February 3, 2014
As I was watching the weather last night, the meteorologist mentioned that Chicagoland had already experienced the third most subzero-degree days in one winter, according to records that go back more than 140 years. That’s pretty depressing, considering that it’s not even February.
So as the outdoor temperatures remain frigid and the snow continues to fall, the mind wanders. Some people think of tropical locales. Some yearn for baseball. I dream of smoking ribs on my charcoal grill.
I wouldn’t go so far as to call my love of barbecuing a hobby, but I don’t mind spending several hours in hopes of creating the perfect smoke ring on a slab of pork or on a turkey. It’s a slow and easy-going process, something that goes perfectly with a nice, lazy summer day.
Barbecuing also happens to be one of my favorite offshoots of metal fabricating. Simply stated, you can’t barbecue in a cardboard box. A barbecuer needs some sort of metal contraption to deliver the smoky results, and those products really do run the gamut from simple to extravagant.
The end product might be a simple metal holder for charcoal that slips right into a traditional kettle-style device, or it could be an elaborate smoking machine that gets towed behind a truck. It could be a traditional gas-powered grill for those with tight family schedules or a newfangled grill that uses wood pellets as a source for smoke. Metal fabricators or barbecuers with some experience in metal manufacturing definitely have some strong opinions on the best way to impart flavor to meat.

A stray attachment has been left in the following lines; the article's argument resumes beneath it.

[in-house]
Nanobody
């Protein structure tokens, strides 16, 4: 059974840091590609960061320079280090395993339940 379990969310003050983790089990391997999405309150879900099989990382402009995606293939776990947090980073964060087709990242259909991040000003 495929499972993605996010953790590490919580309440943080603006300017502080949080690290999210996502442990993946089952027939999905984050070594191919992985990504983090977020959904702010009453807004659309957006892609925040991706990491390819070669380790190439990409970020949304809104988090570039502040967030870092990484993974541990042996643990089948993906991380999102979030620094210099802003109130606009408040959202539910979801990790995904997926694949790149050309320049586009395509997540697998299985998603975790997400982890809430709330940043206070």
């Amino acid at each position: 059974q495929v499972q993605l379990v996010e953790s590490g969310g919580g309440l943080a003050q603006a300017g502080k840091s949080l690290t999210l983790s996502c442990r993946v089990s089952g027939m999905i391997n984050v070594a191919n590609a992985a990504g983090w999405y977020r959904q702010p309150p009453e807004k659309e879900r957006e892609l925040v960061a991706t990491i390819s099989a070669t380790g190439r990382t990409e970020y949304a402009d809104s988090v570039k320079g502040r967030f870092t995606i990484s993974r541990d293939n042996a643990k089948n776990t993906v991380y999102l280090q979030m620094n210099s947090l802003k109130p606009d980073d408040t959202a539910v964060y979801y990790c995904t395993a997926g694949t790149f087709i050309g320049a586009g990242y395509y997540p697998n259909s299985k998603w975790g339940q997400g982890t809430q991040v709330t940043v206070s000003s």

That’s what is so great about metal fabricating. The trade has a way of touching almost everyone’s lives, even if they don’t know it. Appliances, automobiles, gardening tools, and recreation equipment—all contain metal fabricated parts, and the stories about how those parts are designed and created are typically interesting tales.
One of my favorite aspects of visiting a metal fabricating shop is walking through the shipping area where managers can point to a part and give me the background. What is it? What was the challenge in making it? What could have been done differently to make the part less costly to fabricate or to make it a better-performing component? The stories are almost endless.
That’s what excites me about metal fabricating: The creation of goods that make our lives more interesting. Metal fabricating is not about cutting a form or bending a blank into a box. It’s the act of creating something out of nothing, and from my standpoint, there’s nothing better than creating a device that helps me turn a cold, lifeless hunk of meat into a mouth-watering meal.